Emil Nolde

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Emil Nolde (7 August 1867 – 13 April 1956) was a German painter and printmaker. He was one of the first Expressionists, a member of Die Brücke, and is considered to be one of the great oil painting and watercolour painters of the 20th century. He is known for his vigorous brushwork and expressive choice of colors. Golden yellows and deep reds appear frequently in his work, giving a luminous quality to otherwise somber tones. His watercolors include vivid, brooding storm-scapes and brilliant florals.

Nolde's intense preoccupation with the subject of flowers reflect his continuing interest in the art of Vincent Van Gogh.

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Biography

Emil Nolde was born as Emil Hansen near the village of Nolde, (since 1920 part of the municipality of Burkal in Southern Jutland, Denmark), in the Prussian-occupied Duchy of Schleswig. He grew up on a farm; his parents, devout Protestants, were Frisian and Danish peasants. Between 1884 and 1888, he trained as a craftsman and worked in woodcarving, and worked in furniture factories as a young adult. In 1889, he gained entrance into the School of Applied Arts in Karlsruhe before becoming a drawing-instructor in Switzerland from 1892 to 1898, eventually leaving this job to finally pursue his dream of becoming an independent artist. As a child he had loved to paint and draw, but he was already 31 by the time he pursued a career as an artist. When he was rejected by the Munich Academy of Fine Arts in 1898, he spent the next three years taking private painting classes, visiting Paris, and becoming familiar with the contemporary impressionist scene that was popular at this time. He married Danish actress Ada Vilstrup in 1902 and moved to Berlin, where he would meet collector Gustav Schiefler and artist Karl Schmidt-Rottluff, both of whom would advocate his work later in life. He spent a brief time between 1906-1907 as a member of the revolutionary expressionist group Die Brücke, and as a member of the Berlin Secession in 1908-1910, but he eventually left or was expelled from both of these groups – foreshadowing of the difficulty Nolde had maintaining relationships with the organizations to which he belonged. He had achieved some fame by this time and exhibited with Kandinsky’s Der Blaue Reiter group in 1912, supporting himself through his art.[1] From 1902 he called himself after his birthplace.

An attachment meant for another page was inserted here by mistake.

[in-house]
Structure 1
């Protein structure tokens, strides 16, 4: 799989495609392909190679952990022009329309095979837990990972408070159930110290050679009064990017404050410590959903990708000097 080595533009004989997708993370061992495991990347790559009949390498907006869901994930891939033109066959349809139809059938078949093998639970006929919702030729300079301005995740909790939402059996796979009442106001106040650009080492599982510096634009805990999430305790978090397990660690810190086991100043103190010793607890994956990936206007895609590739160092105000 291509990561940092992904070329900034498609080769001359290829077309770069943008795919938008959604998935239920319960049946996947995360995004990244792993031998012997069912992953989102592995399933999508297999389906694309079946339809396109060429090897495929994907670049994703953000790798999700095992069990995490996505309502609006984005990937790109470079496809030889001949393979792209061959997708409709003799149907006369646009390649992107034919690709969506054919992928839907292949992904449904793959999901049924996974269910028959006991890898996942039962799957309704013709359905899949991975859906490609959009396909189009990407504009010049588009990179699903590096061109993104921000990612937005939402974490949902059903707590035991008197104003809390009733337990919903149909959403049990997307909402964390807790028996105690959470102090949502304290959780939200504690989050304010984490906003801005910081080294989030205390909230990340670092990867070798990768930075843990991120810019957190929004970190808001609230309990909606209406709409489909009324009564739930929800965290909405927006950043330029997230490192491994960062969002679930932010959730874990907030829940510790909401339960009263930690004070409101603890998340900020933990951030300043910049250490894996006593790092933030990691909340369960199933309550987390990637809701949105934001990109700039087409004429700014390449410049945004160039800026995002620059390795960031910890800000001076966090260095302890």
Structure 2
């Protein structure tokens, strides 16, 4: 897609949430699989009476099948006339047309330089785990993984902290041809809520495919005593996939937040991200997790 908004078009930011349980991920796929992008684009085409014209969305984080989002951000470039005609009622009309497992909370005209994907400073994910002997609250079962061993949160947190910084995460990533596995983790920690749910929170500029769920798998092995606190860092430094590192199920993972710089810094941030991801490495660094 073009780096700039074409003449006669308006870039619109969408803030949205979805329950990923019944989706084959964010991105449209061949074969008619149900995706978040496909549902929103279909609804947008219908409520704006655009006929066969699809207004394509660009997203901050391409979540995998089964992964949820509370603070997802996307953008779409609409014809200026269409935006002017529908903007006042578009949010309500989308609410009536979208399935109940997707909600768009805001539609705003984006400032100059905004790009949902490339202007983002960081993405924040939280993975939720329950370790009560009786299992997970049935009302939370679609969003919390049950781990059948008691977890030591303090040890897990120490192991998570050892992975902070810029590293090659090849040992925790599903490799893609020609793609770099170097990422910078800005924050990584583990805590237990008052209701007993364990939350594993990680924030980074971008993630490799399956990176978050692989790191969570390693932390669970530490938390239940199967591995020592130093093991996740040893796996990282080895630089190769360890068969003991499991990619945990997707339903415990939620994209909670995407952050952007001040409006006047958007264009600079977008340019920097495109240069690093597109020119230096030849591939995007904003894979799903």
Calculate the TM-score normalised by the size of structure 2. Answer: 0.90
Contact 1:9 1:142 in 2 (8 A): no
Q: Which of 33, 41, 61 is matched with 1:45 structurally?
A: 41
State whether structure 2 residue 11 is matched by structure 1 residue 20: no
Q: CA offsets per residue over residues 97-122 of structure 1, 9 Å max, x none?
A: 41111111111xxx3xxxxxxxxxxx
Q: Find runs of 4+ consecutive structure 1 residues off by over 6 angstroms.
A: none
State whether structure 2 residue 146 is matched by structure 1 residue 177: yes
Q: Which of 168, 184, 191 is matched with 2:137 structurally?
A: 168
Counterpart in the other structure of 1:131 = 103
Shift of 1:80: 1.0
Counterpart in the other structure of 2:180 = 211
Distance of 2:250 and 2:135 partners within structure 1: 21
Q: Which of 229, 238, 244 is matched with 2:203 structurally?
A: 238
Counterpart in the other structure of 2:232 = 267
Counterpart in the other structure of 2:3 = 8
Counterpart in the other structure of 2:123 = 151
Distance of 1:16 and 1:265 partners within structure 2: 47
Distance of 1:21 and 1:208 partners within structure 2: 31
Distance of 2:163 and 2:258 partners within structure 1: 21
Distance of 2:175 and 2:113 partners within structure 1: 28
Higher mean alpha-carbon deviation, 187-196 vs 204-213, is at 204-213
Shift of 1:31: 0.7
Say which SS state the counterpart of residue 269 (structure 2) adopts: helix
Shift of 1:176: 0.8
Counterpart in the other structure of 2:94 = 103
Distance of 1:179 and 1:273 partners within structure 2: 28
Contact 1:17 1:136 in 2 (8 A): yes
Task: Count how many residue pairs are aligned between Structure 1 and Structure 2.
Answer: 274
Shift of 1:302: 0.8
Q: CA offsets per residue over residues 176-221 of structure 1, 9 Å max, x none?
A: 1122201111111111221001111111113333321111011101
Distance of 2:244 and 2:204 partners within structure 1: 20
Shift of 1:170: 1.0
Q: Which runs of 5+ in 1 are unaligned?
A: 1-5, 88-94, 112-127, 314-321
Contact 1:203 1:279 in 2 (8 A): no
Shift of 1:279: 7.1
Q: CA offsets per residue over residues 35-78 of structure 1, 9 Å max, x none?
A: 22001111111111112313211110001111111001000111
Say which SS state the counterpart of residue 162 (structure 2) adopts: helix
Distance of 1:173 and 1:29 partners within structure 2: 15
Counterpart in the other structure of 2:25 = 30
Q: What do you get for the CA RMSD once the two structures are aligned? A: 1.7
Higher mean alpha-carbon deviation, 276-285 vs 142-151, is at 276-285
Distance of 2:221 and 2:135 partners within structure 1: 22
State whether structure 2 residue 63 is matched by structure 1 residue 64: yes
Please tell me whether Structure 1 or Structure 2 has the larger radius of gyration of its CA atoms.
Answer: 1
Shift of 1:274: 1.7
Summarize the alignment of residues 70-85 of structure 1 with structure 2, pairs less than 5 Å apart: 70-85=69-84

He realized his unsuitability for farm life and that he and his three brothers were not at all alike. Between 1884 and 1891, he studied to become a carver and illustrator in Flensburg. He spent his years of travel in Munich, Karlsruhe and Berlin. From 1906 to 1907 he was a member of the artist group Die Brücke (The Bridge).

Nolde was a supporter of the Nazi party from the early 1920s, having become a member of its Danish section. He expressed negative opinions about Jewish artists, and considered Expressionism to be a distinctively Germanic style. This view was shared by some other members of the Nazi party, notably Joseph Goebbels.

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